Toronto Mayor Rob Ford and less than a dozen city councillors helped welcome the New Year with their constituents at city hall. The festivities came to a brief halt when protesters arrived speaking out against the mayor's cuts.
It was, indeed, a tough and controversial year for city hall. After Toronto Mayor Rob Ford introduced a number of measures and cuts, residents of the city have showed their frustrations. However, that wasn’t evident Monday during the annual New Year’s Levee, until the protests started.
As part of the annual tradition for public officials and members of government, a New Year’s Levee is held where constituents meet their elected representatives. A handshake, photo opportunity and brief conversations usually take place.
Nearly 800 people lined up in January for the annual New Year's Levee to meet with Mayor Rob Ford and city councillors.
Monday’s levee was held a day later at the request of the mayor. It is unknown why it was delayed.
This year, when the mayor walked down the stairs, the large number of people, estimated to be about 200, who waited patiently in line to meet Ford, applauded his arrival. Things remained relatively quiet until a group of protesters arrived.
Members of Toronto Stop the Cuts held a long banner with balloons that were released at Monday’s event. According to the group’s website, one person is still being detained and held for questioning.
Digital Journal spoke with one of the protesters, who was holding a sign that stated, “The Ford Gang, Vandals of ‘Our’ City.” The gentleman, standing in front of city hall, said he wants Ford to just go and resign.
“Rather than staying at home being angry and seething at what’s going on at city hall, especially with what Rob Ford’s doing, I just felt I needed to do something,” said Lawrence Pushee, who noted that he plans to be at the major rally at city hall scheduled for Jan. 17. “I don’t want to shake his hands, I don’t wish him ill, but I wish he’d leave. I don’t think he should be mayor.”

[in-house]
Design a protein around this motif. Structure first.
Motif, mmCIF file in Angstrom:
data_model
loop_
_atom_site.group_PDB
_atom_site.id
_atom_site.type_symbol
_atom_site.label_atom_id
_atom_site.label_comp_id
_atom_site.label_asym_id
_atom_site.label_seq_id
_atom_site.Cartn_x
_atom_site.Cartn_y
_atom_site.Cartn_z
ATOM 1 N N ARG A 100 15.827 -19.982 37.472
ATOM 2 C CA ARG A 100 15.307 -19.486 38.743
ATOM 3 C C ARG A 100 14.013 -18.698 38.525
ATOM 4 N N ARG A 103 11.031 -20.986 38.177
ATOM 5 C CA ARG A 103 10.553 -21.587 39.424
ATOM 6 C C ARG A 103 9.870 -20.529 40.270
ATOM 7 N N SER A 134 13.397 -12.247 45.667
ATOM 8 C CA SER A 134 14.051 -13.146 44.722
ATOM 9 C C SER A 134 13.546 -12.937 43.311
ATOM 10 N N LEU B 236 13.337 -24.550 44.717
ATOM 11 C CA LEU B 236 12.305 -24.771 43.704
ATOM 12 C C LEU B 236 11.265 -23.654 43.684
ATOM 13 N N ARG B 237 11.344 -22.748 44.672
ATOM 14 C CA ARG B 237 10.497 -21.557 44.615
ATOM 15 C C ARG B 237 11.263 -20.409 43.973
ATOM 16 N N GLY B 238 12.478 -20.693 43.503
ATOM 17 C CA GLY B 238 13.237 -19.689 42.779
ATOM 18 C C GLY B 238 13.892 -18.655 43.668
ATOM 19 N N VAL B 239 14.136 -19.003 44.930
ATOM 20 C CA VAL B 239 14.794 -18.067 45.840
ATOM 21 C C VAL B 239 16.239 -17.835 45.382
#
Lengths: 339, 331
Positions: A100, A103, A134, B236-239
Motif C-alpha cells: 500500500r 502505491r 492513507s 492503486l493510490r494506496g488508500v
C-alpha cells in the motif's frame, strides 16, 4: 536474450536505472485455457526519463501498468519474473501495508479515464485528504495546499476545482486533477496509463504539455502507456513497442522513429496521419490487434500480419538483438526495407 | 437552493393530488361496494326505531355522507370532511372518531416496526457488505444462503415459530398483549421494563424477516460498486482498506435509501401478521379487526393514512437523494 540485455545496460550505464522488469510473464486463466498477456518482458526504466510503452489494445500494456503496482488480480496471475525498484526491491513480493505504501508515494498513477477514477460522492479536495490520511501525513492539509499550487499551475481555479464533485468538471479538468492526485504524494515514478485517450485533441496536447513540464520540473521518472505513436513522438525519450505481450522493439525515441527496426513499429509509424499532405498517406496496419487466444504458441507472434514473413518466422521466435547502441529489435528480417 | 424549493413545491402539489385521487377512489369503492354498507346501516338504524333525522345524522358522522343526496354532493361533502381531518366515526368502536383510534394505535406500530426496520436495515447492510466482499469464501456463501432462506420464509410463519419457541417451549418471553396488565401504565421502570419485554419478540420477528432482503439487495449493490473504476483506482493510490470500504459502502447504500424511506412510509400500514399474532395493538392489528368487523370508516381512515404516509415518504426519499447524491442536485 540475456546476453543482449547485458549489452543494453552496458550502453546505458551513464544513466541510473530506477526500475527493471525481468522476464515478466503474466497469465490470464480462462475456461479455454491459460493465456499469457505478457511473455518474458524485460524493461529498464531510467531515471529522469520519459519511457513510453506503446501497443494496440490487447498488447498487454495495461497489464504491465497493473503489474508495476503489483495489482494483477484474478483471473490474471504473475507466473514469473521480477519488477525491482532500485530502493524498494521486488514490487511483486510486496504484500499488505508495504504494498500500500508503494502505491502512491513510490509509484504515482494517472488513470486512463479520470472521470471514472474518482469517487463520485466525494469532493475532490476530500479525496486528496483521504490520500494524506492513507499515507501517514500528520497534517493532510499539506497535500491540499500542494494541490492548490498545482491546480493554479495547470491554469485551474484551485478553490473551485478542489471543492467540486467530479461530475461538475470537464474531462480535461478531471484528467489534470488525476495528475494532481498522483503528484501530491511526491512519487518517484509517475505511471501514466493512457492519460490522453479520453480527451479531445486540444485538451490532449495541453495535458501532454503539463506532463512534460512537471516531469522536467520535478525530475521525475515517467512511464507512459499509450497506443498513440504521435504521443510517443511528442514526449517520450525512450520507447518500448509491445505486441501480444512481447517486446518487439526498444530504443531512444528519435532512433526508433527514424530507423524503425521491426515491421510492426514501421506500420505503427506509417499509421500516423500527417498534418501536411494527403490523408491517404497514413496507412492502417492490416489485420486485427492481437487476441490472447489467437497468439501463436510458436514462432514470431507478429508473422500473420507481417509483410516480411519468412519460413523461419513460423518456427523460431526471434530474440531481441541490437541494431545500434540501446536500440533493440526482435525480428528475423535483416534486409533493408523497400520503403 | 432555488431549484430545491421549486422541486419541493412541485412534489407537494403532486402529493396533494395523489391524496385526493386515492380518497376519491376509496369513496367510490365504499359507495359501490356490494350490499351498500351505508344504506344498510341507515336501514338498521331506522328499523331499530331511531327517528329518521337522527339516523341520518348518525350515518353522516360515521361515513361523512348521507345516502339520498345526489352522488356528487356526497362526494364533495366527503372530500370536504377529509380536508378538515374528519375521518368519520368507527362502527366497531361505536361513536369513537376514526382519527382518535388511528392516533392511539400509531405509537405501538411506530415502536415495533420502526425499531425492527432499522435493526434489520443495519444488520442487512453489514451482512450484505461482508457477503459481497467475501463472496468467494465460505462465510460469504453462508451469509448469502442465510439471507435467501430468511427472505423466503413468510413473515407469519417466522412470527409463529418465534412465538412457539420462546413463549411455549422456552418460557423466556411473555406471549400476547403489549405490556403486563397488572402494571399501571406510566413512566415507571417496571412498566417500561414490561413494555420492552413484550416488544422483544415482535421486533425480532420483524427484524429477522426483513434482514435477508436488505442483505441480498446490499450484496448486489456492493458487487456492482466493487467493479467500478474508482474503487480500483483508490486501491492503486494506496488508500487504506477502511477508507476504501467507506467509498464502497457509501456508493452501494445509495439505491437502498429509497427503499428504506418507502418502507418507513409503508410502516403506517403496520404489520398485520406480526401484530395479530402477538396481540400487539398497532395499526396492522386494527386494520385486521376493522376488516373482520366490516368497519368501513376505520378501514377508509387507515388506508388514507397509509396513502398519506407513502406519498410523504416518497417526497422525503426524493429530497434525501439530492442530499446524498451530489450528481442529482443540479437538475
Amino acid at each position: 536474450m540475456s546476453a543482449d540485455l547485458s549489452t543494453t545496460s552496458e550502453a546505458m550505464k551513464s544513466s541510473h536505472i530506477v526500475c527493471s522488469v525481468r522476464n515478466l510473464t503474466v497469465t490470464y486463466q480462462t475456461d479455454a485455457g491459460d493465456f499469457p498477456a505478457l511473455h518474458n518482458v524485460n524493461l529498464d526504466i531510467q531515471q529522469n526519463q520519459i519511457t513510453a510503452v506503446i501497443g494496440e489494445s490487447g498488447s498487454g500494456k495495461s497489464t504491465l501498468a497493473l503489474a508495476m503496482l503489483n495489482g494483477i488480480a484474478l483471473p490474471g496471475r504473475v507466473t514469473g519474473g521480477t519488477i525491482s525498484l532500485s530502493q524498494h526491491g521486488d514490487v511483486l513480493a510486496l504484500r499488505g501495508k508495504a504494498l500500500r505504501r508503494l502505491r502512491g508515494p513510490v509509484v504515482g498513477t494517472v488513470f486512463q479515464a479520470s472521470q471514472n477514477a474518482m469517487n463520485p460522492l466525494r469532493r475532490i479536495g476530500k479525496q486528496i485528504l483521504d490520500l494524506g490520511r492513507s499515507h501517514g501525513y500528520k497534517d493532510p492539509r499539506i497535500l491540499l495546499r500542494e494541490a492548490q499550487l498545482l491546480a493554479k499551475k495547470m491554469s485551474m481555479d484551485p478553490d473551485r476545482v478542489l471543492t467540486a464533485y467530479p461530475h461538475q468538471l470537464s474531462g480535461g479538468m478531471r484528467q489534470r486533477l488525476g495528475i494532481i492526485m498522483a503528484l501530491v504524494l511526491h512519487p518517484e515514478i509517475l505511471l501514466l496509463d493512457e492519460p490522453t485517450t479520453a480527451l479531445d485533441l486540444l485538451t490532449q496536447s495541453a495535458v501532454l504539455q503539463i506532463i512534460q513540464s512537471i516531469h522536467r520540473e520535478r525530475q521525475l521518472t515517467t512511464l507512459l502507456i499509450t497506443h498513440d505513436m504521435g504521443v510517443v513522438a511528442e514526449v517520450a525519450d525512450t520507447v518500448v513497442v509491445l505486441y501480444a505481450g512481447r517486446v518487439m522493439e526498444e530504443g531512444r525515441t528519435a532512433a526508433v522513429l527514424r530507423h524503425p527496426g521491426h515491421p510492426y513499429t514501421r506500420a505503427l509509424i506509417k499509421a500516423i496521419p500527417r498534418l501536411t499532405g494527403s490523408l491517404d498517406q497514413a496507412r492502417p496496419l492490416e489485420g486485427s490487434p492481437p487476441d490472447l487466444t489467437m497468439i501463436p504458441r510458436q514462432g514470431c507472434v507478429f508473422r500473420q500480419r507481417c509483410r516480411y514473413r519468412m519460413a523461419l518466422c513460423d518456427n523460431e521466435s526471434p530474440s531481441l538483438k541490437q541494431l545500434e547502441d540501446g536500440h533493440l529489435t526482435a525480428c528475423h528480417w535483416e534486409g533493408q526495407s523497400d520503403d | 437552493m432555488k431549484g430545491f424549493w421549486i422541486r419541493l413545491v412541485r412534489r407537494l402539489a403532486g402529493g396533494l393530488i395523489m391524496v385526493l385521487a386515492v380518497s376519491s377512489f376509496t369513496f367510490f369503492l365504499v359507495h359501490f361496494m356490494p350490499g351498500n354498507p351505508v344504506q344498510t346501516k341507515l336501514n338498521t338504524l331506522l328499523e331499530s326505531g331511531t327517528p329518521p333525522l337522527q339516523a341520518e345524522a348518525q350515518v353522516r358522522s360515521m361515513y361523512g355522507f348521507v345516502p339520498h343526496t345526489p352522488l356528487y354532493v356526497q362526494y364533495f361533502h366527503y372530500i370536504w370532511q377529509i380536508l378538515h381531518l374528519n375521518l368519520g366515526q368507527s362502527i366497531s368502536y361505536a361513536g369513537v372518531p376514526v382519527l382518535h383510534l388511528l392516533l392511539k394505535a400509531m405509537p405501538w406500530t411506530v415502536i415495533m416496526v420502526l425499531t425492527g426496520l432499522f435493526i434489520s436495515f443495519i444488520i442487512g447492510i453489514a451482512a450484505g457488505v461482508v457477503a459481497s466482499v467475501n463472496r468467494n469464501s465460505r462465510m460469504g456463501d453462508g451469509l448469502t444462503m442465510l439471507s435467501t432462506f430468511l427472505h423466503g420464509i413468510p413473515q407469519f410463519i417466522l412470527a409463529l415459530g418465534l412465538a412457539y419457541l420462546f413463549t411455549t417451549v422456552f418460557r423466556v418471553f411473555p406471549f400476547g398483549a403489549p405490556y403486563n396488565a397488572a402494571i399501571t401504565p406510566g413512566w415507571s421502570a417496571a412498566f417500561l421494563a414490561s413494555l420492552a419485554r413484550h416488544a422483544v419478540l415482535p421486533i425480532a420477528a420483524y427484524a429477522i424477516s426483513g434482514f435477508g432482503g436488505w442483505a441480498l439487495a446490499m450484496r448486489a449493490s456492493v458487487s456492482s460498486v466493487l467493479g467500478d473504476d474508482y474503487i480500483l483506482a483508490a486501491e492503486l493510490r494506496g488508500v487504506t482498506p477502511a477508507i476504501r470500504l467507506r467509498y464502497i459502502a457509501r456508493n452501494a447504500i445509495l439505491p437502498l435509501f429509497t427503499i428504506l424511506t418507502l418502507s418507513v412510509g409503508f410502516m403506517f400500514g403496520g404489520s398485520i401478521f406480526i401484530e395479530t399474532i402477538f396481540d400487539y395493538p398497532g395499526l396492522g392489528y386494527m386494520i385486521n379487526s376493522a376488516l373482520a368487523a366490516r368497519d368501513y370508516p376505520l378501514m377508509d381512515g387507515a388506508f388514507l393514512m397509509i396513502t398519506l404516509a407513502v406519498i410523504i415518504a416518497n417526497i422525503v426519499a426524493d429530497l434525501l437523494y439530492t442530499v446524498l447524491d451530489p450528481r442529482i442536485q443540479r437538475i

Pushee explained that Ford is one of the most uncivil mayors he has ever witnessed during his more than 30-year experience in this city. He added that Ford “was a nasty piece of business as a councillor” and now as a mayor he has continued that behaviour and by “doing the stupidest things.”
Since Ford entered office more than a year ago, he has followed through on many of his campaign promises, such as repealing the vehicle registration tax, decrease staff budgets, contract out garbage, cut spending and end Transit City.
“The Ford Gang said it was the gravy train, it was we were spending like crazy, but the irony is that the [Mayor David] Miller administration had a bonus, they had extra money at the end of their so-called spending spree,” said Pushee.
“He’s trying to please the taxpayers because he’s playing that trick, that’s why I call him the deceiver, that will keep your taxes down as if everything else is going to remain the same, and it won’t. We’ll get fooled all the time, people are really dumb about voting people who say that; in Ottawa, in Queen’s Park and right here in the city.
In the end, Pushee feels there is a “great wisening up” transpiring in the city, including by members of council. “I think there will be a day of judgment and I think they are smartening up and are not letting him do the things he wants to do.”
When asked if he had one message to Ford, Pushee stated: “Get out.”
What does 2012 hold for the City?
In many of his year-end interviews with local media outlets, Ford has stated that he wants to lower the land transfer tax by a quarter each year. The mayor said he also wants to look into eliminating the five-cent plastic bag fee, which is something he did not campaign on but has noted that many people have cited their frustration with the tax.
In an interview with Inside Toronto, Ford explained that he wants to get a shovel in the ground for the Sheppard subway by this year – if not in 2012, then next year.